But before that (because I don't want to raise hopes if I then can't deliver), I now want to put together a simple prototype which I can test on another morse-proficient friend. If that works, then I'll feel confident about approaching B (the intended recipient).

So for now, it's the prototype that I'm working on.

BACKGROUND

I looked at the morseall project, and I was highly impressed. I don't think I can use that code, though. It's designed for sip-and-puff morse, where dots and dashes are separate actions (as opposed to the same action for different durations), and it assumes pretty fixed timings. Morse from a regular key is I believe more variable than that.

I've found (through the links you all supplied, and others that I googled) a lot of material on Morse for the disabled. There's a lot on supplying Morse solutions for all sorts of access needs, but a lot of that assumes that the person using the system will have to learn Morse to start with. The difference in my case is that I'm trying to design a system for someone to whom Morse is already a first language, and at the moment I'm assuming he still has manual motor skills.

I found quite a few university research papers via Google (none with code, alas), but they describe the problems of reading conventional hand-produced morse. The algorithms they propose are adaptive - they continually adjust for changes in sending speeds - and they also attempt error correction on the fly. The error correction is of the nature: This isn't a legal Morse character, so let's see which character it's closest to, and assume that.

There are papers that propose neural nets as the solution. I don't think I'm quite ready for that...

PROGRESS

The speech synthesis part is the really easy bit. I downloaded flite, and it worked out of the box. So whatever program I come up with, I will be able to run flite from the program, with the text on the command line.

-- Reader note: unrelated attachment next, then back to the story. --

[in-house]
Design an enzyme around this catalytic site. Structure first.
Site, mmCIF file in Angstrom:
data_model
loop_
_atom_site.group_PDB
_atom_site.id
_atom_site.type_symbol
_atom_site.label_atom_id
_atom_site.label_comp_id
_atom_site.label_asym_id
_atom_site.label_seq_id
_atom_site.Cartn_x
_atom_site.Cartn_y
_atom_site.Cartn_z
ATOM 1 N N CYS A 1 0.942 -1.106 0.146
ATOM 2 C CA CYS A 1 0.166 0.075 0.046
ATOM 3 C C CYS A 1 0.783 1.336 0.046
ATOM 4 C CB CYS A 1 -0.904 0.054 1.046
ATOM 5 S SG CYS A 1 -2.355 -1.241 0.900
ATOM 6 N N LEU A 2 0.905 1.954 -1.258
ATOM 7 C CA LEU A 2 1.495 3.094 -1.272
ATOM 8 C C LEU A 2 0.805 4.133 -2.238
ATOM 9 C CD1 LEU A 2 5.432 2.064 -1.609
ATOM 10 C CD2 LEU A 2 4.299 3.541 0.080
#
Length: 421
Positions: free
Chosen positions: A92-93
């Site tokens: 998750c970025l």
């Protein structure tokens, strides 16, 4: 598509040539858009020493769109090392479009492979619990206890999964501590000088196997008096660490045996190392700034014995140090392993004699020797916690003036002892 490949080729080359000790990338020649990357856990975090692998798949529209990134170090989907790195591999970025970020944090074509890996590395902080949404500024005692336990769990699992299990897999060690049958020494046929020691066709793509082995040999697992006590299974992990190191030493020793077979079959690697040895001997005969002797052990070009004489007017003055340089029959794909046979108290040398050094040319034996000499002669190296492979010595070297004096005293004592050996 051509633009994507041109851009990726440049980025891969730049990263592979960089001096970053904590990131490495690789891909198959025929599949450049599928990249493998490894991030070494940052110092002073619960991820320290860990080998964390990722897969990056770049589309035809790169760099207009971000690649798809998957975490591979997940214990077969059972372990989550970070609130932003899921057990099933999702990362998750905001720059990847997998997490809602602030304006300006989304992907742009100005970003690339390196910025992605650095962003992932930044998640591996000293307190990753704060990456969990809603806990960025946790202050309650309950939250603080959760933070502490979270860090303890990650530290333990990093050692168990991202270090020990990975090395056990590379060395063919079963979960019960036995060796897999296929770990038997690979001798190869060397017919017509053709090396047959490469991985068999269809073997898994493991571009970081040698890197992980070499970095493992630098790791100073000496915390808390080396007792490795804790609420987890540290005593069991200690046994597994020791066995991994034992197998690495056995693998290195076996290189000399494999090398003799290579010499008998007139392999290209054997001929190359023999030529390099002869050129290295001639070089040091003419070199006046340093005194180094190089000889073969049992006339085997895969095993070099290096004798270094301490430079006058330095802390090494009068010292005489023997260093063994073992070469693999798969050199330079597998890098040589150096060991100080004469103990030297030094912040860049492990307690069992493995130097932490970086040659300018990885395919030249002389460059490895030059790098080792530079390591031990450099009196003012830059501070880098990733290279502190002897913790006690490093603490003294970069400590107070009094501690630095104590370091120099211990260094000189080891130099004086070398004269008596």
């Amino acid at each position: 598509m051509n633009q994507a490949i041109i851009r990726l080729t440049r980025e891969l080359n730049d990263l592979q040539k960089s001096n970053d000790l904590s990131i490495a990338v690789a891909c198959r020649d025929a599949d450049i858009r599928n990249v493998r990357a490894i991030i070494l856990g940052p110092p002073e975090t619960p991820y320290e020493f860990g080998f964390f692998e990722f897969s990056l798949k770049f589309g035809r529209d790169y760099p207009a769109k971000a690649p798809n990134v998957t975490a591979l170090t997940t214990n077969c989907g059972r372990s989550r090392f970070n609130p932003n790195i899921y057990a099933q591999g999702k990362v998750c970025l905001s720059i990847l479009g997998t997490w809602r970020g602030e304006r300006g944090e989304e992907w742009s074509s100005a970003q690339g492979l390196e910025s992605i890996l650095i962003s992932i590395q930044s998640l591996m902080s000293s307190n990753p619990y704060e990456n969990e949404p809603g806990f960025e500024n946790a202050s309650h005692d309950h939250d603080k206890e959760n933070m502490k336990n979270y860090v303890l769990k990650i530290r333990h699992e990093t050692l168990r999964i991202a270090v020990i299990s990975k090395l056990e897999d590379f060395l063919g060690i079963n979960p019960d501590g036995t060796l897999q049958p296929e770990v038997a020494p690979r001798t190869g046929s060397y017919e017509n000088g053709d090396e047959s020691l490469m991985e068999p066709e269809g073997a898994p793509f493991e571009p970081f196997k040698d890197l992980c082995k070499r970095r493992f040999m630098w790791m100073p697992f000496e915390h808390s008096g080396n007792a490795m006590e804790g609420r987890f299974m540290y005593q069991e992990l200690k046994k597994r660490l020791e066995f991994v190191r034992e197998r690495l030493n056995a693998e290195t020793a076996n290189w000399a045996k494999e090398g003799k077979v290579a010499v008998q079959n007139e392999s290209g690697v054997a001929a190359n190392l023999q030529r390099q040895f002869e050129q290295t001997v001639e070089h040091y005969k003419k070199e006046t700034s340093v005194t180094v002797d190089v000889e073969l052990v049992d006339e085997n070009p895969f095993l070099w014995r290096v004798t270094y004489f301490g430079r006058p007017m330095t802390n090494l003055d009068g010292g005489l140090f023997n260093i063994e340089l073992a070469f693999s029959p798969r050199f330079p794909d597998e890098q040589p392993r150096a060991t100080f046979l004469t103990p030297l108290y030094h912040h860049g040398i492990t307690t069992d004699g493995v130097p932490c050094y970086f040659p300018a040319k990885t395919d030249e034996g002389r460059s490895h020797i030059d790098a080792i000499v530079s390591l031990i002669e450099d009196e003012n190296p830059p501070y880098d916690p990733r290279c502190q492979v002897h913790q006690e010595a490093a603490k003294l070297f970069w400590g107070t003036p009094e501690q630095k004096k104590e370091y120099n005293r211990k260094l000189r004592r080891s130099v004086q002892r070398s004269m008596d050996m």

So at the moment, the plan is to write an app for my C3000 that will accept the Morse just by tapping on the screen, and then speak it. If I can do that, then I'll feel confident enough to approach B and ask whether I should go further.

Which means I'm currently busy writing code based on the algorithm descriptions in the research papers, for basic Morse recognition.

The project plan therefore looks something like this, and the whole project will fail if any step fails:

1. Demonstrate speech synthesis from the command line - DONE.
2. Check out recognition algorithms - DONE.
3. Produce prototype for beta-testing. Prototype will accept Morse input by tapping the screen with the stylus, and will speak the result. User interface will be abysmal. Morse recognition algorithm will be good, and that's the difficult bit.
4. Get friend (a retired ship's wireless operator who doesn't yet know that I've appointed him for this task) to perform beta test using screen-tapping interface.
5. Approach B to see whether he thinks he could use a more polished version of the prototype. Expectations are raised at this point, which is why the plan doesn't involve contacting B earlier.
6. Choose which Zaurus to deliver the solution on, and buy it on Ebay. Yeah, thanks Sharp for pulling the plug just as it was all going so nicely. But at the moment, I'm thinking that maybe a 5500 will be able to cope, and there are several on offer at affordable prices. B is a friend though, so if the project gets this far, price won't be a problem.
6. Develop the more polished version, including a hardware interface for his preferred Morse key. (This part will need to be fleshed out if the project gets that far.)
7. Deliver system.

For now, step 3 is current. It involves no new hardware and it will work if step 4 does.

This project plan has evolved thanks to the collective input from forum members. I think the ball's in my court at the moment, and I'll let you know how it goes. Meanwhile, ideas are still very, very welcome!